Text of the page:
One-trick ponies don't last too long in pop, especially in the fragmented, attention-deficient iPod age. But amazingly Snoop Dogg - the lanky charismatic rapper with the famed laconic flow - has remained relevant for 15 years, more or less hawking the same persona. He's the high-rolling, cognac-smooth smack talker who openly loves marijuana, occasionally glorifies violence and habitually objectifies women.
Over the years, Snoop has shrewdly survived the pop game by selling a somewhat softer version of his image in movies, commercials and lately on a hit reality TV show on E!, Snoop Dogg's Father Hood. The show chronicles his sometimes amusing interactions with his warmly authoritative wife, Shante Broadus, whom Snoop calls the "Boss Lady," and their three kids: two mischievous boys, Corde and Cordell, and a precocious girl, Cori.
But musically, Snoop is the same old dog for the most part. On his new album - the aptly titled Ego Trippin, in stores today - the rapper, 36, only reveals flashes of the personal growth seen on the TV show. Certainly self-indulgent with 21 tracks and at times lyrically incongruous, the CD largely burnishes and celebrates Snoop's image as the untouchable, strangely charming pimp and gangsta.
Sure, the rapper continues to perpetuate warped images of black masculinity in his music. But with his infectious beats and a liquescent, sharply rhythmic flow all his own, Snoop is hard to ignore.
"It's become increasingly difficult for any artist to maintain longevity. This holds true particularly for rappers," says Kurt Patat, an editor for theboombox.com, an urban music Web site from AOL Music. "He's been able to develop and keep a strong fan base by staying musically relevant through a variety of high-profile collaborations. He's one of those rare acts that's universally loved across the board."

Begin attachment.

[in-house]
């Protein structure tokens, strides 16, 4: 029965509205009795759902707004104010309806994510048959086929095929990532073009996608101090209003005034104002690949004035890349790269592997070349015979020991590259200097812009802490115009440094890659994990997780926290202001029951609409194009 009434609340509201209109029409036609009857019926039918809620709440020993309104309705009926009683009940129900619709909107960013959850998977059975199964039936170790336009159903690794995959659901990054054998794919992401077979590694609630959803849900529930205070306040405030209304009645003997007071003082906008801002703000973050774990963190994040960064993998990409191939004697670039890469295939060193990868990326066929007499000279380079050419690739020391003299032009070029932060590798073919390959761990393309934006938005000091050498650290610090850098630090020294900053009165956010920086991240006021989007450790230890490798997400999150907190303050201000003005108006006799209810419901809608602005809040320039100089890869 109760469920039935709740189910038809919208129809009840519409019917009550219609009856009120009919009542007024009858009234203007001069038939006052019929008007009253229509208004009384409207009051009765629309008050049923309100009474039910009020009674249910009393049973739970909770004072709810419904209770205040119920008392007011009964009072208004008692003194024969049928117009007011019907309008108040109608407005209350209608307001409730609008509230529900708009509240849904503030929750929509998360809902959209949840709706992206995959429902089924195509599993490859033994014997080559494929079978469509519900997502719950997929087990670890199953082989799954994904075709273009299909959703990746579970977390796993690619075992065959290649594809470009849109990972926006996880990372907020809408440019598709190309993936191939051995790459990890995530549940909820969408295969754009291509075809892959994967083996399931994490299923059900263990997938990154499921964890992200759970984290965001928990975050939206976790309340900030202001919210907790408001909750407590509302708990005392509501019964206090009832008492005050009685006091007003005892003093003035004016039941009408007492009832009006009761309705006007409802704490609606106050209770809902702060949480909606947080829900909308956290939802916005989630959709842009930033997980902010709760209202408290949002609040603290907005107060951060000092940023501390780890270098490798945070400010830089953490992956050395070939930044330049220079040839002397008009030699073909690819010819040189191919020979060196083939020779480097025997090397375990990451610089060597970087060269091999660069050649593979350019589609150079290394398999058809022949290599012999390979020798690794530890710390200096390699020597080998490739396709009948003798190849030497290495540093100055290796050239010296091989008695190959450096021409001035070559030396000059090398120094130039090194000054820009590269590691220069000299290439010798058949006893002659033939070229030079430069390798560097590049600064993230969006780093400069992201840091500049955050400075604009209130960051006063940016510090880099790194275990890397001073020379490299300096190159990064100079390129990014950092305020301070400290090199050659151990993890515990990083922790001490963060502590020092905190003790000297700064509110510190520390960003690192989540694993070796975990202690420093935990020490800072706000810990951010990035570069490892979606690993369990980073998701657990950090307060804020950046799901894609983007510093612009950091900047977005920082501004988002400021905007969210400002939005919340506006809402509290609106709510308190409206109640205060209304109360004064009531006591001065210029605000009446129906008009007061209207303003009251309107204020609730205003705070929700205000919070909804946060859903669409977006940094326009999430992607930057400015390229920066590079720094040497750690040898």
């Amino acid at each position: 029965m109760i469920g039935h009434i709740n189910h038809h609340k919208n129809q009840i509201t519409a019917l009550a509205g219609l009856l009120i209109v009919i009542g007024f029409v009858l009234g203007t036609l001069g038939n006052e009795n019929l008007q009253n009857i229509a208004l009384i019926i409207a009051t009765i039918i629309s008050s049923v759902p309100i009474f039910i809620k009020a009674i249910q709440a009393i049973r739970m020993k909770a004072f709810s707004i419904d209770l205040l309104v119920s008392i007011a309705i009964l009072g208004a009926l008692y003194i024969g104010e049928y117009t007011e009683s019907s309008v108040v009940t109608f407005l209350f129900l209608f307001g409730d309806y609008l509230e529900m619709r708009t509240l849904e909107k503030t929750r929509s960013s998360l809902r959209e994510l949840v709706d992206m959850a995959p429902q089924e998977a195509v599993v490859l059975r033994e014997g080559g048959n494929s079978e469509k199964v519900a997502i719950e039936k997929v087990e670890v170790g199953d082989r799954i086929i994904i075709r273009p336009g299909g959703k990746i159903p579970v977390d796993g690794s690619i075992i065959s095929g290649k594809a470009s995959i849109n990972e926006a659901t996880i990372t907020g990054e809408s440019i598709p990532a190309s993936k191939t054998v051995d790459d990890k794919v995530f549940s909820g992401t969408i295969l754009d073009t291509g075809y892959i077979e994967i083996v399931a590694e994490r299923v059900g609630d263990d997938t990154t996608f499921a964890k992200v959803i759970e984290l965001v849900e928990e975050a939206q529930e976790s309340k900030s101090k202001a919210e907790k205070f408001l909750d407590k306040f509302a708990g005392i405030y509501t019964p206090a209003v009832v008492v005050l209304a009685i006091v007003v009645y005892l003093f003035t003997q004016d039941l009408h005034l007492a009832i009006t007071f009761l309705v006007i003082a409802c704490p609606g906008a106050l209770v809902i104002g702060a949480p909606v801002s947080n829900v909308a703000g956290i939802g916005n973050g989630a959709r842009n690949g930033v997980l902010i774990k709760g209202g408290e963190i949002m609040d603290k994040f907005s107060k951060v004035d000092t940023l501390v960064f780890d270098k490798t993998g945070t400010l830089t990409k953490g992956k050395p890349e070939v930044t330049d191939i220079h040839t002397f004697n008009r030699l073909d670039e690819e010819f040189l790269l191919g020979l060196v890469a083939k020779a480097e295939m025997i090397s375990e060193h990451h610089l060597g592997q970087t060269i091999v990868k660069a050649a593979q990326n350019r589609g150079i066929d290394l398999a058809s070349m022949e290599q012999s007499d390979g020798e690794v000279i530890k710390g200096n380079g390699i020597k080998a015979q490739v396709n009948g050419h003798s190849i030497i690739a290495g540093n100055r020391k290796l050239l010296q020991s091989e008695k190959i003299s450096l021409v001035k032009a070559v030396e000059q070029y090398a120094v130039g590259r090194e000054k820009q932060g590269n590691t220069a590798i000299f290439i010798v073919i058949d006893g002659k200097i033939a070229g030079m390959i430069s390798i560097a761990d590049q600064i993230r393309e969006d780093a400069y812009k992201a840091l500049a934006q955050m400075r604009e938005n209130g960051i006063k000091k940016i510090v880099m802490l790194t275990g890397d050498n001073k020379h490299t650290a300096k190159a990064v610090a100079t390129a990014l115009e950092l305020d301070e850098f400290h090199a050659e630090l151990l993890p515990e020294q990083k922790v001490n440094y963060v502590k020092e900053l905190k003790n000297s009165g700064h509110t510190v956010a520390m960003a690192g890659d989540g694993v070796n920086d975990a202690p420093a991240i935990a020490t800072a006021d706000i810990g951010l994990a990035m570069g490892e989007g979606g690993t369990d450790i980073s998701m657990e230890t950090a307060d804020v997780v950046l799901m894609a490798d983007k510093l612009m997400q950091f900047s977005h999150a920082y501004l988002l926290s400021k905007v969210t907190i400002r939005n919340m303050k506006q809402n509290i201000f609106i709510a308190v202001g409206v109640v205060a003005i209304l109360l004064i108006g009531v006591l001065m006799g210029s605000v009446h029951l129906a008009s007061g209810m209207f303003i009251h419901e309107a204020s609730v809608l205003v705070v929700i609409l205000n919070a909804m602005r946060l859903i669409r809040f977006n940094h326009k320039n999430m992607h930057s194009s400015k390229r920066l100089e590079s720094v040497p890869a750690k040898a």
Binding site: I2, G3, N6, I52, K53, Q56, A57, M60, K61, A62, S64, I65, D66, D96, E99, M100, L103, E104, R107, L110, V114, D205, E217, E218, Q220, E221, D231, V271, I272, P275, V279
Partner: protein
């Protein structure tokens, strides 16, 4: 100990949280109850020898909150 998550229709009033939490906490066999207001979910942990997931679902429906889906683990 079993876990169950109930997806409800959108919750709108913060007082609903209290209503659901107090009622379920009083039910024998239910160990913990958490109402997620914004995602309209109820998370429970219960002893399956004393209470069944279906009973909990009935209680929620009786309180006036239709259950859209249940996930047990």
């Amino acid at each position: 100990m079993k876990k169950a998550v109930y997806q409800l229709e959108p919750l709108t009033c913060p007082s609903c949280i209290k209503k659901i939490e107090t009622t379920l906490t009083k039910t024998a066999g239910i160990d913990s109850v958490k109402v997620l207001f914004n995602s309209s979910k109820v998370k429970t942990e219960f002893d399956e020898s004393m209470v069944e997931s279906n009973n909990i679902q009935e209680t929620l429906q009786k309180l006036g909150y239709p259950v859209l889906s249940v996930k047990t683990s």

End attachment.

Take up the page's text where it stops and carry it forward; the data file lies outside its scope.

Snoop is the only figure of the gangsta rap era whose albums still sell gold or multi-platinum. "Drop It Like It's Hot," his 2004 smash collaboration with the Neptunes, soared to No. 1 on the pop charts. Unfortunately, there's nothing that sleek and fresh-sounding on Ego Trippin, the rapper's ninth album. But Snoop shows more of a winking sense of humor, something he doesn't usually bring to the studio.
On the album's first single - the comedic Top 10 hit "Sensual Seduction" (aka "Sexual Eruption") - Snoop sings. His thin vocals, filtered through a vocoder, sail over an airy, synth-based arrangement steeped in '80s R&B.; The retro approach and humorously clumsy come-ons are fleshed out in the song's cheesy video, which spoofs, among other things, Purple Rain-era Prince.
Amid all the raps about how hard, fly and irresistible he is, Snoop tosses in unconvincing lyrical reflections of his family-man role seen on Father Hood. "Been Around Tha World," an ode to his wife, is still more about Snoop as he front-loads the cut with boasts about his international fame. But his commitment to his marriage - something he apparently wasn't feeling three years ago when he filed for divorce - is more tenderly displayed on the show.
Snoop's reconciliation with his wife was the inspiration behind "One Chance (Make It Good)." On the ho-hum track, he doles out simplistic relationship tidbits such as "if you like her/wife her." However, this is preceded by "Those Gurlz," a shimmering, laid-back cut where Snoop sounds much more convincing as the swaggering, potty-mouthed seducer.
With production by Snoop, Teddy Riley, DJ Quik and Everlast, Ego Trippin is the rapper's most musically chameleonic CD. "My Medicine," for instance, is the album's most outlandish departure. Dedicating the cut to a "real American gangsta," Johnny Cash, Snoop puts a country spin on his pimp game backed by a twangy combo of bass, drums and guitar. The result, though slightly corny, is still amusing.
Overall, the new CD is redundant and much too long. Studded with a few duds, the CD still offers several cuts that showcase Snoop's peerless skills on the mike. Refreshing dashes of humor surface here and there. But Ego Trippin mostly comes off as a confused character study. The rapper clearly wants to continue selling the over-the-top gangsta-pimp image. But he wants to show more of the aging hip-hop superstar who's settling into family life. One side has long been repackaged over and over again; the other seen on Father Hood is still evolving.
But on Ego Trippin, he hasn't quite figured out how to reconcile the two.